The IAF and the Indian Army will be collaborating in the user trials later this month. The IAF would reportedly be receiving the largest number of TAPAS UAVs. The collective order for the TAPAS BH-201 UAVs is expected to be approximately 97 units. The ‘Make in India’ project is valued at over 11,000 crore and includes various surveillance pods and sensors tailored to meet the specific requirements of the Armed Forces.
India and the US have inked a $3 billion deal for 31 High Altitude Long Endurance (HALE) UAVs, of which the Navy will get 15 SeaGuardian drones, while the Army and the IAF are to get eight each of the SkyGuardian version. The TAPAS BH-201 UAV no doubt will boost the surveillance capabilities of the Armed Forces. At the same time, it would be prudent to examine the following issues: could the user trials of TAPAS BH-201 have been held in an earlier timeframe considering that the 10 prototypes were to be developed “within one year” of the successful maiden flight on November 16, 2016; should we have gone for a HALE TAPAS UAV keeping it safe from most air defence systems of our enemies; could the endurance have been improved beyond 24 hours in keeping with global trends for valid reasons, and: should it have been armed to immediately take on targets spotted?
LCA Tejas MK-2, India's indigenous fighter jet is poised to replace the ageing MiG-29s on induction
Concurrently, there is news that the IAF has had to embark on a plan to extend the service life of its MiG-29 fighter fleet. This is being progressed through a comprehensive overhaul process termed as the ‘Second Life Extension’ programme. This has been necessitated because the development and production of the Tejas MK-2 fighters, which were planned to replace the ageing MiG-29 fighters, has been delayed. The IAF had planned to retire all MiG-29s by 2027 but the decision had to be reevaluated. As of now, the Tejas MK-2 fighters on induction in 2029 will first start replacing the IAF’s SEPECAT Jaguar attack aircraft. Subsequently, from 2035 onwards, the Tejas MK-2 is expected to gradually take over from the French Mirage 2000 and MiG-29UPG.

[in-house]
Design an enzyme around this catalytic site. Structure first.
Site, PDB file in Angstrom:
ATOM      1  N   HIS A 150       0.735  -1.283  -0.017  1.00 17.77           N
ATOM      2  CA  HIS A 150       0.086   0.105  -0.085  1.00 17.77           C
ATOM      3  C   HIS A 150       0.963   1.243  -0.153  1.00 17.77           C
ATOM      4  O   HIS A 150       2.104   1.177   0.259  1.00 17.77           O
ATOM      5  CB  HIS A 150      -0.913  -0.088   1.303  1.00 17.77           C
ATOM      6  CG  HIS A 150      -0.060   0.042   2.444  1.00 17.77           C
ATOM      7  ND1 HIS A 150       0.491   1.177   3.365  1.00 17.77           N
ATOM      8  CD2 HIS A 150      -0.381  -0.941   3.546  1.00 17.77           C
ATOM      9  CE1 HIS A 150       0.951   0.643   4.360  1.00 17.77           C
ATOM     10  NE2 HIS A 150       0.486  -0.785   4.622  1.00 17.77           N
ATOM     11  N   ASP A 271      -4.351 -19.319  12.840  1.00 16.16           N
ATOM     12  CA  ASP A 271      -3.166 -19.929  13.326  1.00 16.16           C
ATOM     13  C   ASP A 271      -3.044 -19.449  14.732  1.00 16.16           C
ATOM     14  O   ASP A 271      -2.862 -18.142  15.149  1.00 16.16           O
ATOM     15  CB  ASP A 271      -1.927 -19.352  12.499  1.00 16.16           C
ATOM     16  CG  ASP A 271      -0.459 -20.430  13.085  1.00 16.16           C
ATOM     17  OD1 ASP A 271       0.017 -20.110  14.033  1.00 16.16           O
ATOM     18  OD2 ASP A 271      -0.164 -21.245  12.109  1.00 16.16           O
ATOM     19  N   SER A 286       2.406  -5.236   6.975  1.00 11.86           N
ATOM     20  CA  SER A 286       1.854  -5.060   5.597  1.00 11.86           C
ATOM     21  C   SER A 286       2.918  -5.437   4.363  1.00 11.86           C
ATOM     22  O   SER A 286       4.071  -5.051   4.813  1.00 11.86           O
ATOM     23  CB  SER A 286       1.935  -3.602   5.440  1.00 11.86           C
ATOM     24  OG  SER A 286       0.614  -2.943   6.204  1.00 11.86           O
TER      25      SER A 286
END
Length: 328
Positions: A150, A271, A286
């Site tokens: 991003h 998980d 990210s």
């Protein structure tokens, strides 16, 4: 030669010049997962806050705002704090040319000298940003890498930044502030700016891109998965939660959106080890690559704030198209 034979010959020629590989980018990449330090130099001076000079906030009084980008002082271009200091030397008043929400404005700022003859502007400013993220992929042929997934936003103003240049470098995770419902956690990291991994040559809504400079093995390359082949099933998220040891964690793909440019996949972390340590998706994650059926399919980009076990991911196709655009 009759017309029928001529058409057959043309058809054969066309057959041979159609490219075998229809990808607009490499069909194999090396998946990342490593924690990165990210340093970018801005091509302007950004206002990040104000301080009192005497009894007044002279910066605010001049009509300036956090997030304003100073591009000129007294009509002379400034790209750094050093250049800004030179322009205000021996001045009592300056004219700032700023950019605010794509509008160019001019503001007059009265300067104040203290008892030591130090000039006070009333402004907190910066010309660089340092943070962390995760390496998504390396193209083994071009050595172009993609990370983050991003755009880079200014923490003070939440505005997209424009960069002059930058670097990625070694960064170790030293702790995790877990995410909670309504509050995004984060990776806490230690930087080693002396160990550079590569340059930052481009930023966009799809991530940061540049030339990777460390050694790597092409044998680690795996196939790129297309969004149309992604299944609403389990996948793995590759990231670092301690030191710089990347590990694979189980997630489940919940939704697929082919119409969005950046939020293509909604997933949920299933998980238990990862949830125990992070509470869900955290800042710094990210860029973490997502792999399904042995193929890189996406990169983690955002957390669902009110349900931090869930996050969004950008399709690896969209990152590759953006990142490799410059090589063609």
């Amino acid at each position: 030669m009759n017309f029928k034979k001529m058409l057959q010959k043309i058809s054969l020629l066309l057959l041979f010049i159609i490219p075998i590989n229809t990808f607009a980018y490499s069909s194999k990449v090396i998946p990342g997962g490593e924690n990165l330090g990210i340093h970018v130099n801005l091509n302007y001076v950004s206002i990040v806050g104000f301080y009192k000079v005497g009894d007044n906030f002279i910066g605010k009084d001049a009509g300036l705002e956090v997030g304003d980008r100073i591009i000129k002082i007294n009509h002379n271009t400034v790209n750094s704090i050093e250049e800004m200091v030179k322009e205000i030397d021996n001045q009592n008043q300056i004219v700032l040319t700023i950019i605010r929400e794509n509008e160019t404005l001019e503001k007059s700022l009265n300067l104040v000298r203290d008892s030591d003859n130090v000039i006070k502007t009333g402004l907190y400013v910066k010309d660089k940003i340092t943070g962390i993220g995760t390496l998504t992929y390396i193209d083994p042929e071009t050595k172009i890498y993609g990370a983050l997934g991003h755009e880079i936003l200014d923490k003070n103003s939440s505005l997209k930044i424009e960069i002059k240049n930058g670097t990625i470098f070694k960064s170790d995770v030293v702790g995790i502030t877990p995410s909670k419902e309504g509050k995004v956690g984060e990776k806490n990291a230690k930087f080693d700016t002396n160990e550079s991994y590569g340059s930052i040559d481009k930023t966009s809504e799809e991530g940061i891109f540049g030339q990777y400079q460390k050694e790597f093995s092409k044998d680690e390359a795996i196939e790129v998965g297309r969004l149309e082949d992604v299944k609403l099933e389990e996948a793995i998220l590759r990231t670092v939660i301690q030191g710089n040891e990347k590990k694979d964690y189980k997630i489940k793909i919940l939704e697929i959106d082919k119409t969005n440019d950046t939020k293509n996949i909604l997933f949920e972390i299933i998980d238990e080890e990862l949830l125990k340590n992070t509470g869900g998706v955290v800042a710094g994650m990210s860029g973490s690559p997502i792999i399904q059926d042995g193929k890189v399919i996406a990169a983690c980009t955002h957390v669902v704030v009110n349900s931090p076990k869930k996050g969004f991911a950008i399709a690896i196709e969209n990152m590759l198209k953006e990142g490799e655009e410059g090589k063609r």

The ‘Second Life Extension’ programme is to extend the operational lifespan of the MiG-29UPG fighters until 2037. This initiative is reportedly being undertaken independently by the IAF. The 11th Repair Plant of the IAF’s Logistics Command, situated within the confines of Nasik Airport is where this programme will be undertaken. The 11th Repair Plant has a specialised focus on the maintenance and repair of Russian and Soviet equipment, making it uniquely qualified for this task. The time schedule of completion of the programme is not known.
The MiG-29 fighter aircraft were inducted into the IAF in 1986. The Indian MiG-29s, also known as the MiG-29UPG, are upgraded versions of the base Soviet and Russian MiG-29s. The upgrades include a new avionics suite, improved radar, and increased fuel capacity. These upgrades allow the Indian MiG-29s to operate more effectively in modern air combat scenarios. Another key difference between the Indian MiG-29UPGs and the base models is the addition of a new engine. The MiG-29UPGs are equipped with the RD-33MK engine, which provides increased thrust and fuel efficiency. This engine also allows the Indian MiG-29s to operate at higher altitudes and speeds than the base models. There have been 23 MiG-29 crashes to-date according to the data base.